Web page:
Missouri courts have had occasion to consider numerous cases involving injuries and death from contact with electricity, commonly deemed a highly dangerous instrumentality. In the following reported cases the contention that the injured or deceased party was guilty of contributory negligence as a matter of law was upheld: Hamilton v. Laclede Electric Cooperative, Mo.Sup., 194 S.W.2d 11; Coleman v. North Kansas City Electric Company, Mo.Sup., 298 S.W.2d 362; Morris v. Kansas City Light & Power Co., Mo.Sup., 302 Mo. 475, 258 S.W. 431 (en banc); Bryan v. Sweeney, 363 Mo. 1024, 256 S.W.2d 769 (applying Illinois law); Rosser v. City of Fayette, Mo.App., 235 S.W. 153, all cited by defendant to support its position, whereas, in the following cases, where the same contention was advanced, it was held that the question was one for the jury to resolve: Kessler v. West Missouri Power Co., 221 Mo.App. 644, 283 S.W. 705; Thompson v. City of Lamar, 322 Mo. 514, 17 S.W.2d 960; Pulsifer v. City of Albany, 226 Mo.App. 529, 47 S.W.2d 233, overruled in part on other grounds, Reichholdt v. Union Electric Company, Mo.Sup., 329 S.W.2d 634, 639; Sanders v. City of Carthage, 330 Mo. 844, 51 S.W.2d 529; Lebow v. Missouri Public Service Company, Mo.Sup., 270 S.W.2d 713; Gladden v. Missouri Public Service Company, Mo.Sup., 277 S.W.2d 510; Losh v. Ozark Border Electric Cooperative, Mo.Sup., 330 S.W.2d 847.


In particular, defendant relies upon the Missouri Supreme Court cases of Hamilton v. Laclede Electric Cooperative, and Coleman v. North Kansas City Electric Company, supra, and the federal cases of Hale v. Montana-Dakota Utilities Co., 8 Cir., 192 F.2d 274, and Stoffel v. New York, N.H. & H.R. Co., 2 Cir., 205 F.2d 411, certiorari denied, 346 U.S. 898, 74 S.Ct. 222, 98 L.Ed. 399, all holding that recovery was barred because of contributory negligence which appeared as a matter of law.


As a guide through these electricity cases, we find two essential factors which carry decisive weight in determining whether the injured person must be barred as a matter of law-- the first is a finding of actual or constructive knowledge of the peril; and second, a finding of some voluntary act of the injured person which placed him in contact with the wire. Keeping these two factors in mind, the cases upon which defendant relies may be distinguished when the particular facts of each are considered. The Hamilton case involved the pulling of a metal pipe from a well; plaintiff and her husband raised it a distance of 24 or 25 feet above the hole in the roof of the well house and then permitted it to lean over so that it came in contact with nearby uninsulated wires of the power company, which were in plain view. The husband had worked for a utility company, and he and plaintiff knew electricity was dangerous, but according to their testimony they paid no attention to the wires when pulling the pipe. The basis for the holding in that case is pointed up in the opinion, at 294 S.W.2d at page 17: 'There were no obstructions to their view of the poles and wires, which plaintiff stated were in 'plain sight.' Plaintiff and her husband knew that wires carrying electricity were dangerous. They say they did not see the wires; that they did not look. They in effect paid no attention to the wires. The evidence on behalf of plaintiff is that they took no precaution whatsoever.'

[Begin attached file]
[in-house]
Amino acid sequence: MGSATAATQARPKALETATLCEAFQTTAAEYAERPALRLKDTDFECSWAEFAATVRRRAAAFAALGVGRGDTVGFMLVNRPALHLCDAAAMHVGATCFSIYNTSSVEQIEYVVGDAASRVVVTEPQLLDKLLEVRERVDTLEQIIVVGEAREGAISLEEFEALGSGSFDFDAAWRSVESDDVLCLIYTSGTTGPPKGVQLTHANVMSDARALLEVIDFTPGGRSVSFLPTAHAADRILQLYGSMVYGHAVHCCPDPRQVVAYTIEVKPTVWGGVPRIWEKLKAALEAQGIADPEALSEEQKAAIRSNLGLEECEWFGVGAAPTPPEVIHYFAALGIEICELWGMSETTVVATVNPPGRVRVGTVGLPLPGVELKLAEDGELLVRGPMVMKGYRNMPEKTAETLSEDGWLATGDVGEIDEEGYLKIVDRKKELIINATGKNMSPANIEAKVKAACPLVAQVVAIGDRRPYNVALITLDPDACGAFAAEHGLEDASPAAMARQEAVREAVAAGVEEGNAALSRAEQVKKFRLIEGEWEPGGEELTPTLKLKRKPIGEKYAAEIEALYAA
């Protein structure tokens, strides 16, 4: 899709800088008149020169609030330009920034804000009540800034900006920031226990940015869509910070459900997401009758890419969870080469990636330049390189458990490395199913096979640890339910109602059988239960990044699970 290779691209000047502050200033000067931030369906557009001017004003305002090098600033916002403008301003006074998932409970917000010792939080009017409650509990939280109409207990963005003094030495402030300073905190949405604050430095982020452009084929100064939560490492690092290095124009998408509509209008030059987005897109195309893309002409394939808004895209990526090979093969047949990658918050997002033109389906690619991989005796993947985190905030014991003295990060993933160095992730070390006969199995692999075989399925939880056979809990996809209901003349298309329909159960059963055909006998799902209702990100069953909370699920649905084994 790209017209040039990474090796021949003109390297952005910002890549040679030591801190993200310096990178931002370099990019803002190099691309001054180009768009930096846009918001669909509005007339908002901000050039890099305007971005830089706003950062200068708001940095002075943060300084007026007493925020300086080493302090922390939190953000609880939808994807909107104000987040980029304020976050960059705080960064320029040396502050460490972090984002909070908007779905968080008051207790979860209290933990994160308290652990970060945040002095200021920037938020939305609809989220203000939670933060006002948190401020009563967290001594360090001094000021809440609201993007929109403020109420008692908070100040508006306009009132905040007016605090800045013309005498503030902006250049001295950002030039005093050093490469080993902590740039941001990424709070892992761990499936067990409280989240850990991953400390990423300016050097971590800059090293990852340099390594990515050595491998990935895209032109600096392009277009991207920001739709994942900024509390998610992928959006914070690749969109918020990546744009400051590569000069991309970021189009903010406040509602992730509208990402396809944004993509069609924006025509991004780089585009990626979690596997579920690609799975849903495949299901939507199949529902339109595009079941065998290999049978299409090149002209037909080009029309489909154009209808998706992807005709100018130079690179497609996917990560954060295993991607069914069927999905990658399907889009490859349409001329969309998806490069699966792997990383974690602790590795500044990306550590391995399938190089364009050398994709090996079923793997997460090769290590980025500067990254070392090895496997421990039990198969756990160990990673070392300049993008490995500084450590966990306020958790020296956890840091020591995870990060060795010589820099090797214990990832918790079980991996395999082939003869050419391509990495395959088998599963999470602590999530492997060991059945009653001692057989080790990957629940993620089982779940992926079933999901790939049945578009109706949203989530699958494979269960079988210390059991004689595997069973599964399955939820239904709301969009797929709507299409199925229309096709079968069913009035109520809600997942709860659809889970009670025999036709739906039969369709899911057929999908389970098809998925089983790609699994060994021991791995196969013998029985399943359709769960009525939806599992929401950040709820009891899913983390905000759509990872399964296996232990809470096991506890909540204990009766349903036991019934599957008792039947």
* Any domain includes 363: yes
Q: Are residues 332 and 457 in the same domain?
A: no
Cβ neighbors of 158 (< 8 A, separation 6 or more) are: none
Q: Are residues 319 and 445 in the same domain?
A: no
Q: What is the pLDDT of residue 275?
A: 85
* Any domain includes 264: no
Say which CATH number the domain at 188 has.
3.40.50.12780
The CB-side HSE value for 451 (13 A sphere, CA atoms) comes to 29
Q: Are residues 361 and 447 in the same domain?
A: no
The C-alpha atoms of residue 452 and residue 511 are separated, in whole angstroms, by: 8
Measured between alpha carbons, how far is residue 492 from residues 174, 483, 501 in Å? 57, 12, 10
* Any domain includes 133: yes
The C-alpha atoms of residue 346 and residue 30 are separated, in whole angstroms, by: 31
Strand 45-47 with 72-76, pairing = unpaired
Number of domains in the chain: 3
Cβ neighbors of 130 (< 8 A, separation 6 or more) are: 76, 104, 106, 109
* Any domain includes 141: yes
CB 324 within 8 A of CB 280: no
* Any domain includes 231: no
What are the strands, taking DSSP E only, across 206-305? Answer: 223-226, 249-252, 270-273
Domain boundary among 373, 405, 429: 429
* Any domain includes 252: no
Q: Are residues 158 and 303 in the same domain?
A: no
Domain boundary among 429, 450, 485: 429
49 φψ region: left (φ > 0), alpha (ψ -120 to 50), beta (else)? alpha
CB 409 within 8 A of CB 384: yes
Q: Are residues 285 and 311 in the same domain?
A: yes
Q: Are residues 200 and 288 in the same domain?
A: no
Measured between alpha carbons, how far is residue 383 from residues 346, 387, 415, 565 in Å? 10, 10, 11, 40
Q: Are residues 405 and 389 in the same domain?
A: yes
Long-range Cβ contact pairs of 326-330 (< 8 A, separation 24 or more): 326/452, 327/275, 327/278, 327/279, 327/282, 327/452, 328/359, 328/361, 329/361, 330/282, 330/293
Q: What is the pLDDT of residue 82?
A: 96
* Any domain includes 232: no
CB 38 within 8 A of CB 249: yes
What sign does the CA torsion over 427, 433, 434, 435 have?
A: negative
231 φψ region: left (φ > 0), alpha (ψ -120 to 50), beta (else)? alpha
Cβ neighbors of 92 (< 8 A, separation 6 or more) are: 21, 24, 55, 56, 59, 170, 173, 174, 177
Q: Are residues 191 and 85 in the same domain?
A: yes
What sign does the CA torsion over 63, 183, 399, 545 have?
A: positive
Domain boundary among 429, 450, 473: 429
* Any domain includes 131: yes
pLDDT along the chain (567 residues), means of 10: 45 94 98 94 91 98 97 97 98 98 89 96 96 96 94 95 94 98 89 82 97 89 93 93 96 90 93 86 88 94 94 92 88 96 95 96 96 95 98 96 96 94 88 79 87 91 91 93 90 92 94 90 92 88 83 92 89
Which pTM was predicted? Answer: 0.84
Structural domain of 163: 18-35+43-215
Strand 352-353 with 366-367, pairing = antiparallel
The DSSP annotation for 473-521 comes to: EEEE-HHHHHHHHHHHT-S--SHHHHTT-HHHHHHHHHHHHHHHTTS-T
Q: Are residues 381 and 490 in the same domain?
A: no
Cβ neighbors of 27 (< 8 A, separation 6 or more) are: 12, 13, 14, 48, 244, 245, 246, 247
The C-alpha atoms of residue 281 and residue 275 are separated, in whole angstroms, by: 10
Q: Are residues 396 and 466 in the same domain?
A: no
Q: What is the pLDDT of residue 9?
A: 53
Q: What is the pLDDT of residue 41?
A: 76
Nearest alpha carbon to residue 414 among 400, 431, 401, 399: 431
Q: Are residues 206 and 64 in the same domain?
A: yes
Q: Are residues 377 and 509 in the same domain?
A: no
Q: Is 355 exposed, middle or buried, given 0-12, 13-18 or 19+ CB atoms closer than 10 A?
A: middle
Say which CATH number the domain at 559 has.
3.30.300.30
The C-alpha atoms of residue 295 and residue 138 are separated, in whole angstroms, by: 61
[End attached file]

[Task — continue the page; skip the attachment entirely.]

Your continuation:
In Coleman v. North Kansas City Electric Company, supra, plaintiff was an experienced electrician, and formed his own opinion that he could work from an obviously dangerous position atop an electric transformer and in such close proximity to high-tension wires that any movement on his part while pulling upon a block and tackle would necessarily be in the direction of the wires.